3: Geremei! Qual nome! Doomful orchestral introduction leads to a duet ** between Imelda and her brother Lamberto in which the latter realizes that Bonifacio’s proposal of marriage to Imelda was based on a mutual attraction between the two and not just Bonifacio’s idea of solidifying a peace between the two families. He claims to have killed Bonifacio, causing his sister to reveal her love, then tells her that he has lied and orders her to break with their family’s bitter enemy at once, swearing to kill her if she continues as she pleads for mercy. 

11: After a very nice orchestral introduction *, there is a patch of recitative in which the male Lambertazzi intercept a letter from Bonifacio to Imelda, detailing plans for an elopement (not a surprise, really).

Scene 2: A forest at night near the Geremei camp.

16: A strong orchestral backing for a standard sotto voce chorus of military types **.

22: Imelda a me volgea Bonifacio’s aria *** starts off with an oboe solo and a slow section. It does speed up  but watch especially for the chorus here, combined with the orchestral effects it is the best moment so far in the opera.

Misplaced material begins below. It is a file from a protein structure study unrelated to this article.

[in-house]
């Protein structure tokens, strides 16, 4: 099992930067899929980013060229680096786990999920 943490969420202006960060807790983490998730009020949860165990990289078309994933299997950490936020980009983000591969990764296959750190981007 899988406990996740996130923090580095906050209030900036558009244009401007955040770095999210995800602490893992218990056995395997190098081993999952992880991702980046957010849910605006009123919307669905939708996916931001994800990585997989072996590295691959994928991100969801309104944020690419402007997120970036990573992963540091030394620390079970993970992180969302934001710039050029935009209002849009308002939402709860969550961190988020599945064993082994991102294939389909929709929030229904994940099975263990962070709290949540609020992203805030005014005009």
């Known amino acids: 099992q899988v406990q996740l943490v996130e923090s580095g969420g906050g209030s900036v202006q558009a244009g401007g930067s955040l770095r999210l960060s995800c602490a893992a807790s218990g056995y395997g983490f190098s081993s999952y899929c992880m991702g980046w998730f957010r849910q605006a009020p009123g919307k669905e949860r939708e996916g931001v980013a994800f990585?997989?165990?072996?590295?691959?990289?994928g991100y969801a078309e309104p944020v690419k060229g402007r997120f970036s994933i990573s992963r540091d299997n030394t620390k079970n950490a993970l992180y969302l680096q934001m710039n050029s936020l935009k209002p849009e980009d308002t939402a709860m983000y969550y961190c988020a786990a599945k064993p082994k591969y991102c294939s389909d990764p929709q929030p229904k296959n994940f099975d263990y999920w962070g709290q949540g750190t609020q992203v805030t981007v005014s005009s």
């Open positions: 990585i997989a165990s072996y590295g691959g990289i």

Scene 3: Garden of the Lambertazzi palace.

33, 37: Deh, cedi a chi t’adora Another good prelude * (clarinet emphasized) it shows up in Ugo. Imelda awaits Bonifacio but encounters her brother Lamberto instead in one of the most sedate violent encounters in all opera. Bonifacio eventually arrives and after a long while a duet develops ** in which she reveals that his father has just been killed in a clash between their two factions. It gets better in the final movements as Bonifacio takes up his sword, intending to kill Lamberto and leaves. Lamberto comes on with a blood dagger and admits to having stabbed Bonifacio with it and it is poisoned. The wound itself would probably have been fatal in itself (it is just below Bonifacio’s heart). Imelda decides to try to suck the poison out of the wound.